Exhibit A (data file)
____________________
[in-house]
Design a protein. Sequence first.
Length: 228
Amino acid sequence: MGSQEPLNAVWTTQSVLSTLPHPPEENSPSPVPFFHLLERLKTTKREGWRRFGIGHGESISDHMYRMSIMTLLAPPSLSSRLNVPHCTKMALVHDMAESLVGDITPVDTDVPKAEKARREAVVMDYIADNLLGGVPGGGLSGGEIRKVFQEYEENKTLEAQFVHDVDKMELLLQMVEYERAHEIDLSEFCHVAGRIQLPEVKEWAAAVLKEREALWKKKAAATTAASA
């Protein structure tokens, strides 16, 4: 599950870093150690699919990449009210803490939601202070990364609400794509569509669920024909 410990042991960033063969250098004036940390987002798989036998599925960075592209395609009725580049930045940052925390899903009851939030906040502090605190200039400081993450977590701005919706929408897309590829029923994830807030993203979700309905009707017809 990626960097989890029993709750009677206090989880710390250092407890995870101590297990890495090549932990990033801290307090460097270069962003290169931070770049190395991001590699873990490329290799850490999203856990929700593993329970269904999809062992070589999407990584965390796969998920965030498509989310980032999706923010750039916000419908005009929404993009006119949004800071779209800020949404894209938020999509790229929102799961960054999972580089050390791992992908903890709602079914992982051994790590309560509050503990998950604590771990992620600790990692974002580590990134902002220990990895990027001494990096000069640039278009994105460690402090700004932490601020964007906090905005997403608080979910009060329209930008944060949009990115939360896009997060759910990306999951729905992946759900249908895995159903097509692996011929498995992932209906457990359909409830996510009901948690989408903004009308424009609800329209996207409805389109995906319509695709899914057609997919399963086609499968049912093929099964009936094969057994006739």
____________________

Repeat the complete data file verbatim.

[in-house]
Design a protein. Sequence first.
Length: 228
Amino acid sequence: MGSQEPLNAVWTTQSVLSTLPHPPEENSPSPVPFFHLLERLKTTKREGWRRFGIGHGESISDHMYRMSIMTLLAPPSLSSRLNVPHCTKMALVHDMAESLVGDITPVDTDVPKAEKARREAVVMDYIADNLLGGVPGGGLSGGEIRKVFQEYEENKTLEAQFVHDVDKMELLLQMVEYERAHEIDLSEFCHVAGRIQLPEVKEWAAAVLKEREALWKKKAAATTAASA
């Protein structure tokens, strides 16, 4: 599950870093150690699919990449009210803490939601202070990364609400794509569509669920024909 410990042991960033063969250098004036940390987002798989036998599925960075592209395609009725580049930045940052925390899903009851939030906040502090605190200039400081993450977590701005919706929408897309590829029923994830807030993203979700309905009707017809 990626960097989890029993709750009677206090989880710390250092407890995870101590297990890495090549932990990033801290307090460097270069962003290169931070770049190395991001590699873990490329290799850490999203856990929700593993329970269904999809062992070589999407990584965390796969998920965030498509989310980032999706923010750039916000419908005009929404993009006119949004800071779209800020949404894209938020999509790229929102799961960054999972580089050390791992992908903890709602079914992982051994790590309560509050503990998950604590771990992620600790990692974002580590990134902002220990990895990027001494990096000069640039278009994105460690402090700004932490601020964007906090905005997403608080979910009060329209930008944060949009990115939360896009997060759910990306999951729905992946759900249908895995159903097509692996011929498995992932209906457990359909409830996510009901948690989408903004009308424009609800329209996207409805389109995906319509695709899914057609997919399963086609499968049912093929099964009936094969057994006739």